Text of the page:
I've been researching on how to renew an expired patent, and all I get for results are maintenance fees for patents filed on or after December 12th 1980. I am hoping someone would have an idea or an answer or even a good source for me to look into it.

  • Where you the owner of the patent? Did it expire at the end of its term or due to non-payment of maintance fee . – George White Oct 25 '14 at 18:18

A patent has a term of twenty years from the date of its first filing. It should be noted that once these twenty years are over, a patent is no longer in force. However, there are certain scenarios where a patent has "lapsed" or "ceased to have effect" or “expired” even before its 20 years term, due to non-payment of annuity/maintenance fee associated with it. Upon failing to pay that fee, a patent may lapse or cease to have effect. In some countries, a lapsed patent can be reinstated/restored by paying an additional fee plus the maintenance fee, and reasoning that delay or nonpayment of the maintenance fee within the prescribed period was unintentional.
The Indian Patent Act also has similar provision for restoration of lapsed patents. The following link can be referred for more details on the Indian Patent Act's provision for restoration of a lapsed patent. http://www.invntree.com/blogs/options-restore-lapsed-patents-india

No, unfortunately once a patent has expired, that's the end of it.

The philosophy behind patenting something is that in exchange for sharing your invention with the world, the government will give you the ability to stop others from making it for those twenty years. So if they let you extend it more and more, that wouldn't fit to that particularly well.

Your best bet is to come up with a viable improvement and re-file, although of course that isn't realy the same thing.

  • You can revive a patent that was unintentionally abandoned, for an additional fee. – Judith_IP Nov 3 '14 at 2:57
  • @Judith_IP Not a patent from 1980 I would think. – Eric Shain Jan 18 '17 at 15:33
  • @Matthew Haugen I like your answer but you might stress that patenting an improvement only protects the improvement, not the original expired invention. – Eric Shain Jan 18 '17 at 15:35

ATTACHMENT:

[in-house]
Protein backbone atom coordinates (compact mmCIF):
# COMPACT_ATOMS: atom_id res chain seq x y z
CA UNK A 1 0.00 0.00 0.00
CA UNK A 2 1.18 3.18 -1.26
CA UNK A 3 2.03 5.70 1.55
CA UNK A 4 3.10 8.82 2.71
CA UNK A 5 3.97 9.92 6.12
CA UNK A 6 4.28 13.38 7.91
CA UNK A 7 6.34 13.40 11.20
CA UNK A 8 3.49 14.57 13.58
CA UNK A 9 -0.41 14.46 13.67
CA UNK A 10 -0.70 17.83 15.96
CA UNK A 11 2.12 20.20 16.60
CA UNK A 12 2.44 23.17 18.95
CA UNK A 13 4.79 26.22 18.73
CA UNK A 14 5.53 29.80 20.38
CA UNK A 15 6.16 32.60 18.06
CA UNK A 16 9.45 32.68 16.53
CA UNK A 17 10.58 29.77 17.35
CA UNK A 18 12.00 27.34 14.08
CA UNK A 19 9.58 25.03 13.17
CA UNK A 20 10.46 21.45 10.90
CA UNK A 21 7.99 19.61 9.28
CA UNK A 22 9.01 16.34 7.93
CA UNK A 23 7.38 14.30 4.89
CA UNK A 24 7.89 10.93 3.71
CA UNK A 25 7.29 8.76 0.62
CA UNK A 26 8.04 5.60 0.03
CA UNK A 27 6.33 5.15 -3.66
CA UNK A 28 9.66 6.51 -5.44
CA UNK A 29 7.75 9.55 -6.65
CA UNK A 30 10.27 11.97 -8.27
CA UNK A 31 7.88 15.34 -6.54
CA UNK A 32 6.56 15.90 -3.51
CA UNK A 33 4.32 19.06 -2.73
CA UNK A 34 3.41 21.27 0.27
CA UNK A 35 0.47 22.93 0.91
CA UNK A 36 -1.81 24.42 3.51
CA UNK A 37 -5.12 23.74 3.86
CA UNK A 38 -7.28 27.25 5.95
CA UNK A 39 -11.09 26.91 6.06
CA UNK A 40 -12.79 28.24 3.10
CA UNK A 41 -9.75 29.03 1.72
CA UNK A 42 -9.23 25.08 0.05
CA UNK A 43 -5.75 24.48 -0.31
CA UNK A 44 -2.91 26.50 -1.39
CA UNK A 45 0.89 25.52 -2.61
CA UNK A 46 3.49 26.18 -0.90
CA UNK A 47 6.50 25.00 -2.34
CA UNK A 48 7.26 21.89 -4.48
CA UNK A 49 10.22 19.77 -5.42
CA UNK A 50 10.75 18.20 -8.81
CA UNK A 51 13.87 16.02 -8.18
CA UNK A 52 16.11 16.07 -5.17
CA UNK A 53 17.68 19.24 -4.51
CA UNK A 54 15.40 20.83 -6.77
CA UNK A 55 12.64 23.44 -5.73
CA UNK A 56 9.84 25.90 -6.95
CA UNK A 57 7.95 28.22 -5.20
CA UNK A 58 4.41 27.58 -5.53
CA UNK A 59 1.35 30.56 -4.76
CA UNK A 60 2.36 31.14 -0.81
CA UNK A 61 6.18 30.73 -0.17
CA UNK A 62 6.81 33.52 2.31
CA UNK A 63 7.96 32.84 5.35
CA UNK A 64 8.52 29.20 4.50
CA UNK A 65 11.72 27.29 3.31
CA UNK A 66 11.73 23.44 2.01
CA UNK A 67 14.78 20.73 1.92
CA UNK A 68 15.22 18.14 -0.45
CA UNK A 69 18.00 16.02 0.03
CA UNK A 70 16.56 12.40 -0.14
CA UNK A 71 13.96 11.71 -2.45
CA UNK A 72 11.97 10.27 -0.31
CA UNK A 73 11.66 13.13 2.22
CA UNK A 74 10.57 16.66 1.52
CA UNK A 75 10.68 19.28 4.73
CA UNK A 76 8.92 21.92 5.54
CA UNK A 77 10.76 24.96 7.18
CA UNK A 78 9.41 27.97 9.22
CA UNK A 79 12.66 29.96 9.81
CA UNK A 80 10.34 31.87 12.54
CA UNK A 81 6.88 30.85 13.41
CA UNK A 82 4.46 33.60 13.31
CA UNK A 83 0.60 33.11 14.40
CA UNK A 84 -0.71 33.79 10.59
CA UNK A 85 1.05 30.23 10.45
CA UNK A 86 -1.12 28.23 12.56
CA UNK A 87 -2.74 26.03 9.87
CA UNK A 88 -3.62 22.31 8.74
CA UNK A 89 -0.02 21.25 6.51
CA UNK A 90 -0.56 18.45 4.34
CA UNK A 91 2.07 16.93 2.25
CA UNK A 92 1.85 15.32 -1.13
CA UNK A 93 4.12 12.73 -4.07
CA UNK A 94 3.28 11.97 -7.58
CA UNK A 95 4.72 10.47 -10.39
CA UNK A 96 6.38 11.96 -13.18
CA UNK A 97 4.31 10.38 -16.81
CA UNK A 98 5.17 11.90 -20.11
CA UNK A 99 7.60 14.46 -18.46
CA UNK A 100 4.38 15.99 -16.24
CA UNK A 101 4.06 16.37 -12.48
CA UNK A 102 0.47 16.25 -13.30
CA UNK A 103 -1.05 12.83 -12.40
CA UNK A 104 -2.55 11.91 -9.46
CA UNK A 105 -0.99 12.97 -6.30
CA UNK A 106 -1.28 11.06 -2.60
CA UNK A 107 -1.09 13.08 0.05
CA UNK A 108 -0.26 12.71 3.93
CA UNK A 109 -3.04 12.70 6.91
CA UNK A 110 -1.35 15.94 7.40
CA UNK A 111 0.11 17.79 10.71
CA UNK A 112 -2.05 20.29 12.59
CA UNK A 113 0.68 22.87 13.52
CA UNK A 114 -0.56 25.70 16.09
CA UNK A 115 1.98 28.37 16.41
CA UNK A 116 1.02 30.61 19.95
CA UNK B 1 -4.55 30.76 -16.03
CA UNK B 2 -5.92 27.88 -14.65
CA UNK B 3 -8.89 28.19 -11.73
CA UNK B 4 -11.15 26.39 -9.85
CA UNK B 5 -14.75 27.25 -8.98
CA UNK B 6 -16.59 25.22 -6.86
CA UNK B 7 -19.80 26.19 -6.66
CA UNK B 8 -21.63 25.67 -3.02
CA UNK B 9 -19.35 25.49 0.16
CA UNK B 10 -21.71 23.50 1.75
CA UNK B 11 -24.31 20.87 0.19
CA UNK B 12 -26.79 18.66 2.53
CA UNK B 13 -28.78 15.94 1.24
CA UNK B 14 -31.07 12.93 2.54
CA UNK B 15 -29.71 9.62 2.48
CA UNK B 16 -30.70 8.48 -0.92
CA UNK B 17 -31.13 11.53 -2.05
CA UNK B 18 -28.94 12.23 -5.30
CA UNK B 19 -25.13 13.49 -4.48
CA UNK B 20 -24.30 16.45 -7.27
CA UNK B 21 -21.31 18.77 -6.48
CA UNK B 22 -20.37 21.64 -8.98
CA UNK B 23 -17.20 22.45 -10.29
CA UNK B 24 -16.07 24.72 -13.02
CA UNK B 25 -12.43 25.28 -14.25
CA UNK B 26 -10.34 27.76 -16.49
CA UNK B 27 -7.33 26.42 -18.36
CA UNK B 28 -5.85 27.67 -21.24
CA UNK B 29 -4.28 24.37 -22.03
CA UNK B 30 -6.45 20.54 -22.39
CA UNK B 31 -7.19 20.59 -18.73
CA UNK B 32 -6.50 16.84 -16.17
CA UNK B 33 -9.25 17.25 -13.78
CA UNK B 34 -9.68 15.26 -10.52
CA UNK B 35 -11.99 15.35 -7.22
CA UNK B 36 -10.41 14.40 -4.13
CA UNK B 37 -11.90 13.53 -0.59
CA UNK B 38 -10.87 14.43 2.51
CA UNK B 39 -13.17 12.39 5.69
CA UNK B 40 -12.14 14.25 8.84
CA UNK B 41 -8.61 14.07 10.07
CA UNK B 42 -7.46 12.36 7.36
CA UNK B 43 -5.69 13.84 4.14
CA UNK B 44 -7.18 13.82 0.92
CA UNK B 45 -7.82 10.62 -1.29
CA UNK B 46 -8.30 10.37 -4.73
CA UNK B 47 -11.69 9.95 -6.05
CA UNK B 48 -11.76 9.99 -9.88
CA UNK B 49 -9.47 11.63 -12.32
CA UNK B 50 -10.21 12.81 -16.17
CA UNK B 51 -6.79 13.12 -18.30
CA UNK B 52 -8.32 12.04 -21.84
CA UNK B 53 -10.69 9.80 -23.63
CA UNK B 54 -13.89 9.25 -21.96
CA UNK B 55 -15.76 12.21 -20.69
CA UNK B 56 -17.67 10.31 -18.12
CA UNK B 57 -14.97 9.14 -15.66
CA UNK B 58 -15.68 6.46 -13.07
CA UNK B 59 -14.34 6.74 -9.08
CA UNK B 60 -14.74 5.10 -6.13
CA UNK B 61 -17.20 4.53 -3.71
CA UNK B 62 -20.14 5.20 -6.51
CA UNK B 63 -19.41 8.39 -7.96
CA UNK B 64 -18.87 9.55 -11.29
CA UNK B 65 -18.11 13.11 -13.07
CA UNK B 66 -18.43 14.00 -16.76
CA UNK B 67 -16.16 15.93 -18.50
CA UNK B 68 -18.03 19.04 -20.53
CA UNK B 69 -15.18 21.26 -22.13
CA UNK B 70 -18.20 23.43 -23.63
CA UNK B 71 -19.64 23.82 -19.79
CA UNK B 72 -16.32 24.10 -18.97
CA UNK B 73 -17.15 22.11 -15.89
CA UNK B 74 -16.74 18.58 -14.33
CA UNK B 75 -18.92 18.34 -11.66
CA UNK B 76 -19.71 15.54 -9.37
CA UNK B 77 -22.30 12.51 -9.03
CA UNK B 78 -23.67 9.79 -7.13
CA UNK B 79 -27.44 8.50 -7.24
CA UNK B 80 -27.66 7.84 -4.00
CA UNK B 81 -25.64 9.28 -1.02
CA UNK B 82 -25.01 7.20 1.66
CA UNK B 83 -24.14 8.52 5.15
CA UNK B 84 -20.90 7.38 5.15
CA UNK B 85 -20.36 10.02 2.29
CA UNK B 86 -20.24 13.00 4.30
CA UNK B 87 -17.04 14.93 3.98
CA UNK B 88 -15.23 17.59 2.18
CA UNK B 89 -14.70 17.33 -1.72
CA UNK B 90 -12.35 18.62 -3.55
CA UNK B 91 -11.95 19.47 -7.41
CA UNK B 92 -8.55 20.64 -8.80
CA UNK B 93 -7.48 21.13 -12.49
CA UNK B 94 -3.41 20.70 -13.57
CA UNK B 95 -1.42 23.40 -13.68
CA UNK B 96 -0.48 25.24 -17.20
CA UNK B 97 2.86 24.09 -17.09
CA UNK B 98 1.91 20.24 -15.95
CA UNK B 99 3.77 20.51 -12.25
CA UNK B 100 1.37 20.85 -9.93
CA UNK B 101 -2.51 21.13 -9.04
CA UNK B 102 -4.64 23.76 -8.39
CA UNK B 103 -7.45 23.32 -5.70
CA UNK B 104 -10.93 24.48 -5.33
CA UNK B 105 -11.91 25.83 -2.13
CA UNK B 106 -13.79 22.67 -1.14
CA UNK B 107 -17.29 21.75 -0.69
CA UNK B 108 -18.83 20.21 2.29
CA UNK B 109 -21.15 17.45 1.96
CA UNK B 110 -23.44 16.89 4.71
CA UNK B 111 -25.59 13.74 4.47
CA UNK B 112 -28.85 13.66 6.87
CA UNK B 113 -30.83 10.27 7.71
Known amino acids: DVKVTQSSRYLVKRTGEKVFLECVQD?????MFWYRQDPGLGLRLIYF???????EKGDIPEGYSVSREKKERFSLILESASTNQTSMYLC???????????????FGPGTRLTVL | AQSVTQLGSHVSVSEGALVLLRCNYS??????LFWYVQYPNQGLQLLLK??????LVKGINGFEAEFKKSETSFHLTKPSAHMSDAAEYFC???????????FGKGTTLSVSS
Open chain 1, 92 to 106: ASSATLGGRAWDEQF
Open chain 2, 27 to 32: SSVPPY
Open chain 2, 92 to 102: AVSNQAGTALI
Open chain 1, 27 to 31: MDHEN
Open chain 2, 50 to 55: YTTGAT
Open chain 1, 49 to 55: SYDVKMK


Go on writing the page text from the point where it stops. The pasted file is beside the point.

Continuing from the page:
• There is a sly technique called evergreening used by certain pharmaceutical companies to extend their patent validity by adding a minor improvization which doesn't affect the effects of the original product. – anuvab1911 Feb 19 '17 at 21:05

If a patent is no longer in force due to its owner unintentionally missing a maintenance payment the owner can petition for its revival. If it expired at the end of its term it is done. If you are a third party looking to take over a lapsed patent that you had nothing to do with, then it is a very big no.

  • George, can I buy someone's patent that has lapsed due to nonpayment of renewals, then write narrower improvement dependent claims that build off of the independent claims of either of the two independent claims of the expired patent. If yes, I'm guessing for someone to infringe, they would have to have all elements of both, the new dependent claim and the expired independent claim or maybe even with a new protected filing date because of the new dependent claim that relies on the lapsed independent claim, the independent claim is not infringe-able anymore? so how can I use improvements of the – Tom Nov 13 '16 at 6:14
  • @Tom You should post this as a question. – Eric Shain Jan 18 '17 at 15:31

Unlike trademarks, patents are not renewable. Once the patent has expired or the has ended then that's it. But as what Matthew said, the best thing to do is to think of any improvement on the patent and file it again.

protected by Community Jan 18 '17 at 14:10

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